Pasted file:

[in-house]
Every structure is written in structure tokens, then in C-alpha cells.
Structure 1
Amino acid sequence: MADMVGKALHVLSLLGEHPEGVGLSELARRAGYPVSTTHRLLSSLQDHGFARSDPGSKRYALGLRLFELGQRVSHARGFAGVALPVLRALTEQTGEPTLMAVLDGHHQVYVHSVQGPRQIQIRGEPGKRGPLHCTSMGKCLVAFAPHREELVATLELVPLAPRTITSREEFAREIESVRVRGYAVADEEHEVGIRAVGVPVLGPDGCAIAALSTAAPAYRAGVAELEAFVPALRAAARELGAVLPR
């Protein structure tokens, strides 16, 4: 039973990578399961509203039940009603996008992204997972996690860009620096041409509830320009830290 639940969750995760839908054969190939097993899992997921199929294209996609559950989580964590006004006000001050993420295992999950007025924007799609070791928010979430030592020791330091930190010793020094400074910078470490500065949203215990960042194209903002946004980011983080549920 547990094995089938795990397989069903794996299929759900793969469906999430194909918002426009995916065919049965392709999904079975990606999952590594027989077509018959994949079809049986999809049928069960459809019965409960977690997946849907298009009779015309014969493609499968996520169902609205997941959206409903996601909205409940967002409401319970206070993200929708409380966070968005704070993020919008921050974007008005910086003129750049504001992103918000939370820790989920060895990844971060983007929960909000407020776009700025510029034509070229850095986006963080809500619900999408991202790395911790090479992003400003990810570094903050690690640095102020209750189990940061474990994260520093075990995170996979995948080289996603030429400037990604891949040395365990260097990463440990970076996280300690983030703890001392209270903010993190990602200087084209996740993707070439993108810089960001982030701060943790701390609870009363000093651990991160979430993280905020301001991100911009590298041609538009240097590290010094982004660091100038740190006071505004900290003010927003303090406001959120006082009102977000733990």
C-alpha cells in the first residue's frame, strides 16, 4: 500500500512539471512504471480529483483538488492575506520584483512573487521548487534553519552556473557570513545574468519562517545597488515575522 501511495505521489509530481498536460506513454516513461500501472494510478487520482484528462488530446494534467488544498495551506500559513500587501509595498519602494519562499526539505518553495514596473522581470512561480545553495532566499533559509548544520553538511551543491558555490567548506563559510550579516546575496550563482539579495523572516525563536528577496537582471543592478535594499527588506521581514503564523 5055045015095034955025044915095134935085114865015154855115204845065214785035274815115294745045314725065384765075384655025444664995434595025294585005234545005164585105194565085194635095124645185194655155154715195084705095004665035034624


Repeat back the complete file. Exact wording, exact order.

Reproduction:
[in-house]
Every structure is written in structure tokens, then in C-alpha cells.
Structure 1
Amino acid sequence: MADMVGKALHVLSLLGEHPEGVGLSELARRAGYPVSTTHRLLSSLQDHGFARSDPGSKRYALGLRLFELGQRVSHARGFAGVALPVLRALTEQTGEPTLMAVLDGHHQVYVHSVQGPRQIQIRGEPGKRGPLHCTSMGKCLVAFAPHREELVATLELVPLAPRTITSREEFAREIESVRVRGYAVADEEHEVGIRAVGVPVLGPDGCAIAALSTAAPAYRAGVAELEAFVPALRAAARELGAVLPR
């Protein structure tokens, strides 16, 4: 039973990578399961509203039940009603996008992204997972996690860009620096041409509830320009830290 639940969750995760839908054969190939097993899992997921199929294209996609559950989580964590006004006000001050993420295992999950007025924007799609070791928010979430030592020791330091930190010793020094400074910078470490500065949203215990960042194209903002946004980011983080549920 547990094995089938795990397989069903794996299929759900793969469906999430194909918002426009995916065919049965392709999904079975990606999952590594027989077509018959994949079809049986999809049928069960459809019965409960977690997946849907298009009779015309014969493609499968996520169902609205997941959206409903996601909205409940967002409401319970206070993200929708409380966070968005704070993020919008921050974007008005910086003129750049504001992103918000939370820790989920060895990844971060983007929960909000407020776009700025510029034509070229850095986006963080809500619900999408991202790395911790090479992003400003990810570094903050690690640095102020209750189990940061474990994260520093075990995170996979995948080289996603030429400037990604891949040395365990260097990463440990970076996280300690983030703890001392209270903010993190990602200087084209996740993707070439993108810089960001982030701060943790701390609870009363000093651990991160979430993280905020301001991100911009590298041609538009240097590290010094982004660091100038740190006071505004900290003010927003303090406001959120006082009102977000733990």
C-alpha cells in the first residue's frame, strides 16, 4: 500500500512539471512504471480529483483538488492575506520584483512573487521548487534553519552556473557570513545574468519562517545597488515575522 501511495505521489509530481498536460506513454516513461500501472494510478487520482484528462488530446494534467488544498495551506500559513500587501509595498519602494519562499526539505518553495514596473522581470512561480545553495532566499533559509548544520553538511551543491558555490567548506563559510550579516546575496550563482539579495523572516525563536528577496537582471543592478535594499527588506521581514503564523 5055045015095034955025044915095134935085114865015154855115204845065214785035274815115294745045314725065384765075384655025444664995434595025294585005234545005164585105194565085194635095124645185194655155154715195084705095004665035034624